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Dawnspell: The Bristling Wood (Deverry) Paperback – May 17, 1990


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Product Details

  • Series: Deverry
  • Paperback: 464 pages
  • Publisher: Voyager; New Ed edition (May 17, 1990)
  • Language: English
  • ISBN-10: 0586207414
  • ISBN-13: 978-0586207413
  • Product Dimensions: 4.3 x 7 inches
  • Shipping Weight: 9.1 ounces
  • Average Customer Review: 4.4 out of 5 stars  See all reviews (7 customer reviews)
  • Amazon Best Sellers Rank: #3,861,053 in Books (See Top 100 in Books)

Editorial Reviews

About the Author

Katharine Kerr was born in Ohio and moved to San Francisco Bay Area in 1962, where she has lived ever since. She has read extensively in the fields of classical archeology, and medieval and dark ages history and literature, and these influences are clear in her work. Her epic Deverry series has won widespread praise and millions of fans around the world.

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Customer Reviews

4.4 out of 5 stars
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See all 7 customer reviews
We still have flashbacks of the characters' previous lives.
Isara
The way the book reads can be a bit confusing at first but as you go through them all it becomes very clear what the writer was trying to do.
Kimberly Jones
Katharin Kerr has created another classic celtic fantasy with her book, Dawnspell.
Leah McNamara

Most Helpful Customer Reviews

1 of 1 people found the following review helpful By EquesNiger on August 1, 2006
Format: Paperback
Against the passionate sweep of Deverrian history, the powerful wizard Nevyn has lived for centuries, atoning for the sins he committed in his youth. Now, with so much of his work at stake, Nevyn discovers that the Dark Council has been quietly interfering with the already tangled politics of war-torn Eldidd. Their evil webs are nearly spun before Nevyn, with all the power at his command, even realizes there's a war of magic destroying his world.

Katherine Kerr's writing takes a bit of getting used to, but it's worth the effort. She approaches her stories with a Celtic storytelling mindset, which means she conveys events according to their significance to the story, as opposed to chronologically. Consequently, while the stories begin in the "present" (which is an elastic concept, anyway, in a fantasy setting), the events unfold, chapter wise, both in the "present" and in the distant past. This can be frustrating, at first, but Kerr's writing is heavily steeped in Pagan and Western Mystery tradition, and the Celtic setting (and mindset) of her characters means that time, or chronological time, is not essentially relevant. To be honest, I found the first book infuriating, as I spent a lot of time trying to adjust to the writing style. However, I found the story engrossing enough that I persevered, and by the second book was so hooked I've read all ten in her three series.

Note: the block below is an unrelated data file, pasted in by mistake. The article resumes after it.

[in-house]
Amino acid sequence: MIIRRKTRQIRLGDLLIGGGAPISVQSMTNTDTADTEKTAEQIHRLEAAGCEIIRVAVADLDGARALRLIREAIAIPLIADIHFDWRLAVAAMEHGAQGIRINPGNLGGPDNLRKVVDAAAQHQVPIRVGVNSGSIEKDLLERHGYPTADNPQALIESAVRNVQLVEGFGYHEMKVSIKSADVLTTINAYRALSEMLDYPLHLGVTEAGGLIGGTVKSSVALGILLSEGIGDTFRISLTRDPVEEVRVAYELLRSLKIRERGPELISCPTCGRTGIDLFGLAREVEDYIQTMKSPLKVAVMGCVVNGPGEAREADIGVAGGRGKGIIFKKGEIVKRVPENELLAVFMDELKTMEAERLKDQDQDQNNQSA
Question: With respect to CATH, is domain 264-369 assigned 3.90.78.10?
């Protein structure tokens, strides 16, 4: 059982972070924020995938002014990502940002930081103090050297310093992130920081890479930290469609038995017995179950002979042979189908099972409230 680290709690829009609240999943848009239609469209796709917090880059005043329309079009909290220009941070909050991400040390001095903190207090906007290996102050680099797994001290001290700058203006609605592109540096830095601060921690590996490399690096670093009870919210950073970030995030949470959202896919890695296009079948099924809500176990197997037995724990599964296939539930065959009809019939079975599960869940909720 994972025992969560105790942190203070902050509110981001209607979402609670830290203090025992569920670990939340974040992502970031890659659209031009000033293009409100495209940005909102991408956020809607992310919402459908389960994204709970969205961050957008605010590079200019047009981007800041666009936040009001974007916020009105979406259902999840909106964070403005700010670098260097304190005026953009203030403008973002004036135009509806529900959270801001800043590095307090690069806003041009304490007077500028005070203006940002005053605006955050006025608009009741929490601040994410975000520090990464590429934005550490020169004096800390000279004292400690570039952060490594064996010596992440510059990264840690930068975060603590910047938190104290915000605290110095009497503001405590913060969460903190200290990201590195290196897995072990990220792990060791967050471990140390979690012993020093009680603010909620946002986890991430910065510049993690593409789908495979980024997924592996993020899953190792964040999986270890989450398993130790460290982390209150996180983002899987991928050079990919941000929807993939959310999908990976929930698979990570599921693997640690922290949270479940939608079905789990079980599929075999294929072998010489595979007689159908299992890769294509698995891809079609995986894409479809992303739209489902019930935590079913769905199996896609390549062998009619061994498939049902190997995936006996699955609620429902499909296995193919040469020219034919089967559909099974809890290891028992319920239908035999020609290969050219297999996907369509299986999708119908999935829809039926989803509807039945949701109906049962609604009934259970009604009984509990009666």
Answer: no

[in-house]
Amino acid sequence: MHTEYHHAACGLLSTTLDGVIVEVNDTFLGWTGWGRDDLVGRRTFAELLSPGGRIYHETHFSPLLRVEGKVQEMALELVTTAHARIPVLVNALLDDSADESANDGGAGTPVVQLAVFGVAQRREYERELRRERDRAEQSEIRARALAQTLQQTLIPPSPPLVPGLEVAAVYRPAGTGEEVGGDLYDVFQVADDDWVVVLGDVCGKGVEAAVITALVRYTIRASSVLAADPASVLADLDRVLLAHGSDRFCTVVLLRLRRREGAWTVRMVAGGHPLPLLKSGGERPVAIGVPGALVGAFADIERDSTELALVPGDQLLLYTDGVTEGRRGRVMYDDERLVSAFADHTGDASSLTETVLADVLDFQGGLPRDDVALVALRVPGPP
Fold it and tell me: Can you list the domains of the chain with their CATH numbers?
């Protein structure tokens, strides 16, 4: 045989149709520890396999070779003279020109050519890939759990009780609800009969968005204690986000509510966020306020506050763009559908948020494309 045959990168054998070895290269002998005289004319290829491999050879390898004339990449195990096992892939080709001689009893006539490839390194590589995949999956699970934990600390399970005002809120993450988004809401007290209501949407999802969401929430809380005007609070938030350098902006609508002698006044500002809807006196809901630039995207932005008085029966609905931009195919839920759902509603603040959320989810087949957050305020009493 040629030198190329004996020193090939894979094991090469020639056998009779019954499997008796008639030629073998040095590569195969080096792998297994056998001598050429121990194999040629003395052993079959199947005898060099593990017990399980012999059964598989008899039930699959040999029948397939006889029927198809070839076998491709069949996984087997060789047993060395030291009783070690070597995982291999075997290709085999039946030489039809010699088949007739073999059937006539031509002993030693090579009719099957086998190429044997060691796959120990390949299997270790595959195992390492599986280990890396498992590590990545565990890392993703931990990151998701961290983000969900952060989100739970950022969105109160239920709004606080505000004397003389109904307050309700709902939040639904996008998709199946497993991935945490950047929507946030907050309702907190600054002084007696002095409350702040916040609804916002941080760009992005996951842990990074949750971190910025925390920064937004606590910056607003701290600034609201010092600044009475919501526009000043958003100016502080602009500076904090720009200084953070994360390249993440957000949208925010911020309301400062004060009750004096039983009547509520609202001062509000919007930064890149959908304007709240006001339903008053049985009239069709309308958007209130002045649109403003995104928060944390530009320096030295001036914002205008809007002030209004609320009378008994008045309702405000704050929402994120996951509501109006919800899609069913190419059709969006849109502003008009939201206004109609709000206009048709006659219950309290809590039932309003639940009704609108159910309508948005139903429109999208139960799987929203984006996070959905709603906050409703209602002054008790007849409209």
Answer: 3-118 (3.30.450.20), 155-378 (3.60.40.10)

Kerr's story evolves around the concept of reincarnation, and unfinished business, and "karma", and fate. The same souls recur again and again, just in new bodies, over the course of the centuries over which the story unfolds.

Kerr's world is one of High Fantasy, populated by Elves, Men, and Dwarves, as well as faeries/elementals, which she terms the "Wildfolk".
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Format: Paperback
Still nothing wrong, although I'm not relishing it as much as earlier in the series. While the structure is still enjoyable, particularly where you see the threads of past and future, an epic series only works for me if it is steadily building to a stunning climax (as in the slowest of burns in Dumas' fabulous Count of Monte Cristo), or if it meanders a bit but each episode is good enough to stand alone (hard to think of any that keep up this standard - perhaps Saberhagen's Swords series, although at times there isn't really a uniting plot over some of the episodes, they just happen to be inhabiting the same world) - or if it manages to do both (which is why there's still daylight between Tolkien and everyone else).

There's some fairly tenuous things going on here as Kerr pushes Rhodry off to Bardek. Sure, it could be an interesting change of scene, but I found it a bit hard to swallow that a couple of bribes and lucky conversations managed to overcome the efforts of the entire kingdom of Deverry, backed up by close friends, the good wife, and various and sundry dweomer masters. The sub-plot around Jill's tragic seduction/ensorcelment was the only part of the book that made me forget I was reading for a while, and while potent in itself, not enough to bring me to recommend this volume except as part of the series. Maybe I need to leave it a year or two before I pick up Volume 4 (like I do with Rowling and Pratchett to maximise pleasure), which is a shame because clearly the intent is to lock me in. Hey, I want to be locked in, but this is a low security facility with day release (yes, I freely admit that this is an appalling metaphor).
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By Kimberly Jones on December 15, 2012
Format: Paperback Verified Purchase
I have read this series going on a third time. It is filled with such a wonderful plot. The way the book reads can be a bit confusing at first but as you go through them all it becomes very clear what the writer was trying to do. It will capture your heart and soul as you read what all the character have gone through and will go through. It is an amazingread and I would recommend it to any one that has a passion for reading.
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By Keros on April 26, 2012
Format: Paperback
I really enjoyed all 14 (15?) books. It' great that Katherine continued to write about the world of Deverry. I will miss it.
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